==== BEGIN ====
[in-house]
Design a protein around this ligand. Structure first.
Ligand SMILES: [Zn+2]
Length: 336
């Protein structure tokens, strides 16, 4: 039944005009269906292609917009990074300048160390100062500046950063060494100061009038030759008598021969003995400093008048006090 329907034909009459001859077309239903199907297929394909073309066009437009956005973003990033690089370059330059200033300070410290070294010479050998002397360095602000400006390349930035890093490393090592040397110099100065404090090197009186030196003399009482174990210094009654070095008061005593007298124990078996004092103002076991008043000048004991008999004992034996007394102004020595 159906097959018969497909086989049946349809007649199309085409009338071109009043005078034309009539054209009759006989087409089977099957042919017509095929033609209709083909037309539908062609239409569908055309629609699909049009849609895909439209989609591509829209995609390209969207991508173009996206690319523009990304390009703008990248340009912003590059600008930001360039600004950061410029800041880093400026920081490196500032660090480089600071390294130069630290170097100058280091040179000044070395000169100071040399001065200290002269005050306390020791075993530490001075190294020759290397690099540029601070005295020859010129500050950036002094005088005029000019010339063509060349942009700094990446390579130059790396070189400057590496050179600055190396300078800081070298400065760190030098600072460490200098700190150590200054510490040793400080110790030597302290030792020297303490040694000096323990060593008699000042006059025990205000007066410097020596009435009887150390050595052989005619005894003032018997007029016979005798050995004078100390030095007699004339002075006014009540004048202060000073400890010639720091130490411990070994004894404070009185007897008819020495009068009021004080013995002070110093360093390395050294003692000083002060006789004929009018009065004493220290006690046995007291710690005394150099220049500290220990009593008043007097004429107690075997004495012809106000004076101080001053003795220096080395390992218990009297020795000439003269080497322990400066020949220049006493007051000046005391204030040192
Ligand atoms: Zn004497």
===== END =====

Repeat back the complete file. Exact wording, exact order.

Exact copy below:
[in-house]
Design a protein around this ligand. Structure first.
Ligand SMILES: [Zn+2]
Length: 336
């Protein structure tokens, strides 16, 4: 039944005009269906292609917009990074300048160390100062500046950063060494100061009038030759008598021969003995400093008048006090 329907034909009459001859077309239903199907297929394909073309066009437009956005973003990033690089370059330059200033300070410290070294010479050998002397360095602000400006390349930035890093490393090592040397110099100065404090090197009186030196003399009482174990210094009654070095008061005593007298124990078996004092103002076991008043000048004991008999004992034996007394102004020595 159906097959018969497909086989049946349809007649199309085409009338071109009043005078034309009539054209009759006989087409089977099957042919017509095929033609209709083909037309539908062609239409569908055309629609699909049009849609895909439209989609591509829209995609390209969207991508173009996206690319523009990304390009703008990248340009912003590059600008930001360039600004950061410029800041880093400026920081490196500032660090480089600071390294130069630290170097100058280091040179000044070395000169100071040399001065200290002269005050306390020791075993530490001075190294020759290397690099540029601070005295020859010129500050950036002094005088005029000019010339063509060349942009700094990446390579130059790396070189400057590496050179600055190396300078800081070298400065760190030098600072460490200098700190150590200054510490040793400080110790030597302290030792020297303490040694000096323990060593008699000042006059025990205000007066410097020596009435009887150390050595052989005619005894003032018997007029016979005798050995004078100390030095007699004339002075006014009540004048202060000073400890010639720091130490411990070994004894404070009185007897008819020495009068009021004080013995002070110093360093390395050294003692000083002060006789004929009018009065004493220290006690046995007291710690005394150099220049500290220990009593008043007097004429107690075997004495012809106000004076101080001053003795220096080395390992218990009297020795000439003269080497322990400066020949220049006493007051000046005391204030040192
Ligand atoms: Zn004497």